If it is to produce joyful citizens in a community, with all its human warts, well, then, Bloomfield and thousands of towns like us are trying to hang in there with our gardens and plays, our cooking and sewing classes, our wood shop and photography classes, our bands and choirs, our art shows, our sense of community.

Our motto is generations old, and can be found on the floor of the foyer as you walk in:

Learn to live

If you want to fly, you need to build something that will let you do just that. You need to risk failure, ridicule, broken bones and even death--Orville Wright himself was involved in the first fatal airplane crash (which he barely survived--Lt. Thomas Selfridge did not).

The girl who jumped off the roof with an umbrella in the Dell ad will not be satisfied with a green screen fantasy--she likely will lead a happy and productive life despite the casts and sutures she'll accumulate along the way. Not all dreams need be so risky--but dreams should not be avoided because of the risks.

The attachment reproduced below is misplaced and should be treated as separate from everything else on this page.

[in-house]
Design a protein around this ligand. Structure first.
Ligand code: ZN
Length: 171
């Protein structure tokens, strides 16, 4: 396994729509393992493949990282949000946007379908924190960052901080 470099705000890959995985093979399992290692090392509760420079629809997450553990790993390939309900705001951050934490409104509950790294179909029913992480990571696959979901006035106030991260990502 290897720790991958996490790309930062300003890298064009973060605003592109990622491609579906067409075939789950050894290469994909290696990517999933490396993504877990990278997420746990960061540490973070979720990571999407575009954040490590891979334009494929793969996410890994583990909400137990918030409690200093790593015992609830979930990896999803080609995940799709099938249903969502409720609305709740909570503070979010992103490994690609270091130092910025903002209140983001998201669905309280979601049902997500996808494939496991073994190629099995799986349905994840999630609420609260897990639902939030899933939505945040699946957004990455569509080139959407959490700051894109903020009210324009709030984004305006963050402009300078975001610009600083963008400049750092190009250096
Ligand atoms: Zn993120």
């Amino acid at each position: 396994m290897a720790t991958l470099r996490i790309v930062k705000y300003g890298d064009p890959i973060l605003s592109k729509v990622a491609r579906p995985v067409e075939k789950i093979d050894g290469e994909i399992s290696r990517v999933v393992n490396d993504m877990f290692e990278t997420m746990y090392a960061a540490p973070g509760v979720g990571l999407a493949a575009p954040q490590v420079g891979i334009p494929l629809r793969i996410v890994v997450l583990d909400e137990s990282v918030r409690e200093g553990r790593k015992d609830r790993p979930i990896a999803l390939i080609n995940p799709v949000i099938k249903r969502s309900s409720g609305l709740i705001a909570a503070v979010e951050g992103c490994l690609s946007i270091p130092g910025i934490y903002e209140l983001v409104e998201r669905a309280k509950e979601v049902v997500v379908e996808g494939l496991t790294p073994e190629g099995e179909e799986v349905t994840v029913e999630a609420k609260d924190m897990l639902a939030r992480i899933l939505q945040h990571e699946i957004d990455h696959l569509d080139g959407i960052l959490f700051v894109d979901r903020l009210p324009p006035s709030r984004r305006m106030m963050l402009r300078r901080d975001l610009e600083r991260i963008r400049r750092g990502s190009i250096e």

Green screen lives are safer in some ways--hard to fracture a femur playing Angry Birds--but, it turns out, are far more dangerous in the long run.

Our sedentary screen lives are literally killing us--when we require children to sit still, when we ask them to watch a screen, we are shortening their lives.

From Advanced ICU Care newsletter, Spring, 2009

Beyond that, deferring life to virtual reality kills living long before a heart stops beating. Technology can keep that same heart beating a little longer, in a small cubicle surrounded with screens whose job it is to keep that heart going--a heart that stopped working long, long ago.

 *It's a great tool for story-telling, and story-telling belongs in science class--Hall Davidson is a master story-teller and gets this. Dell, at least in the ad, does not.
**Yes, I know, hardiness and ability to survive shipping also matter. If you're going to make cider, though, I strongly recommend Northern spies.


Tom Hoffman said...

This is a step back from even Microsoft Flight Simulator.